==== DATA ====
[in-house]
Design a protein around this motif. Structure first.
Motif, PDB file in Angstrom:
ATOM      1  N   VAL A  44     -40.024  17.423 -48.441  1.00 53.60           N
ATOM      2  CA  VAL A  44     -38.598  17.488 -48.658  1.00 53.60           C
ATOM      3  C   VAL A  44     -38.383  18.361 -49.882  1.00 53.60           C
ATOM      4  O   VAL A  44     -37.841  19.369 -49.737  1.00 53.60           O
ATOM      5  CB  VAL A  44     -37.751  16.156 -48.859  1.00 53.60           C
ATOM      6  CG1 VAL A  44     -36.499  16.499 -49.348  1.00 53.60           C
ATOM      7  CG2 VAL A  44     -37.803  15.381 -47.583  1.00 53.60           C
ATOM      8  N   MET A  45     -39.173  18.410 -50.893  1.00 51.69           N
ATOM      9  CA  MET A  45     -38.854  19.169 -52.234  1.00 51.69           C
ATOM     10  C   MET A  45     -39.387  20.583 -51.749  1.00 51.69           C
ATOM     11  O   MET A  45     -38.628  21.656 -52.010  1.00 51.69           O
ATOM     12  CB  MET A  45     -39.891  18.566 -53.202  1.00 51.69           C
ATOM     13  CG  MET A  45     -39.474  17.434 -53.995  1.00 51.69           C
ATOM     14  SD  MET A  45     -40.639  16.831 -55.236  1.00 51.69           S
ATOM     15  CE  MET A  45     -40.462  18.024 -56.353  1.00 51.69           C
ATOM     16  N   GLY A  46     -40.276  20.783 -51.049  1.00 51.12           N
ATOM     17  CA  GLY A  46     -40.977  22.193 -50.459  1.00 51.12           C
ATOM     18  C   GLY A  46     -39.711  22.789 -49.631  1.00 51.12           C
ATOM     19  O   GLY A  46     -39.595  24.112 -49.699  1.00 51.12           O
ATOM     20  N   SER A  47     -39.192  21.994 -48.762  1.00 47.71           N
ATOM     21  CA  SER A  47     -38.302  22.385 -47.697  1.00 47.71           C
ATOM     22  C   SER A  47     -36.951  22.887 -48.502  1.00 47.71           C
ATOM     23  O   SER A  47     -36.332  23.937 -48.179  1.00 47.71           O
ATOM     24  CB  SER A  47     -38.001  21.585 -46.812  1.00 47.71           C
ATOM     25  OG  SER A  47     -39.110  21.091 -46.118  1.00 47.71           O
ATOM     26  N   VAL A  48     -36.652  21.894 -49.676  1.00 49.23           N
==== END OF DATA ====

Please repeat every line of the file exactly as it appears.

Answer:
[in-house]
Design a protein around this motif. Structure first.
Motif, PDB file in Angstrom:
ATOM      1  N   VAL A  44     -40.024  17.423 -48.441  1.00 53.60           N
ATOM      2  CA  VAL A  44     -38.598  17.488 -48.658  1.00 53.60           C
ATOM      3  C   VAL A  44     -38.383  18.361 -49.882  1.00 53.60           C
ATOM      4  O   VAL A  44     -37.841  19.369 -49.737  1.00 53.60           O
ATOM      5  CB  VAL A  44     -37.751  16.156 -48.859  1.00 53.60           C
ATOM      6  CG1 VAL A  44     -36.499  16.499 -49.348  1.00 53.60           C
ATOM      7  CG2 VAL A  44     -37.803  15.381 -47.583  1.00 53.60           C
ATOM      8  N   MET A  45     -39.173  18.410 -50.893  1.00 51.69           N
ATOM      9  CA  MET A  45     -38.854  19.169 -52.234  1.00 51.69           C
ATOM     10  C   MET A  45     -39.387  20.583 -51.749  1.00 51.69           C
ATOM     11  O   MET A  45     -38.628  21.656 -52.010  1.00 51.69           O
ATOM     12  CB  MET A  45     -39.891  18.566 -53.202  1.00 51.69           C
ATOM     13  CG  MET A  45     -39.474  17.434 -53.995  1.00 51.69           C
ATOM     14  SD  MET A  45     -40.639  16.831 -55.236  1.00 51.69           S
ATOM     15  CE  MET A  45     -40.462  18.024 -56.353  1.00 51.69           C
ATOM     16  N   GLY A  46     -40.276  20.783 -51.049  1.00 51.12           N
ATOM     17  CA  GLY A  46     -40.977  22.193 -50.459  1.00 51.12           C
ATOM     18  C   GLY A  46     -39.711  22.789 -49.631  1.00 51.12           C
ATOM     19  O   GLY A  46     -39.595  24.112 -49.699  1.00 51.12           O
ATOM     20  N   SER A  47     -39.192  21.994 -48.762  1.00 47.71           N
ATOM     21  CA  SER A  47     -38.302  22.385 -47.697  1.00 47.71           C
ATOM     22  C   SER A  47     -36.951  22.887 -48.502  1.00 47.71           C
ATOM     23  O   SER A  47     -36.332  23.937 -48.179  1.00 47.71           O
ATOM     24  CB  SER A  47     -38.001  21.585 -46.812  1.00 47.71           C
ATOM     25  OG  SER A  47     -39.110  21.091 -46.118  1.00 47.71           O
ATOM     26  N   VAL A  48     -36.652  21.894 -49.676  1.00 49.23           N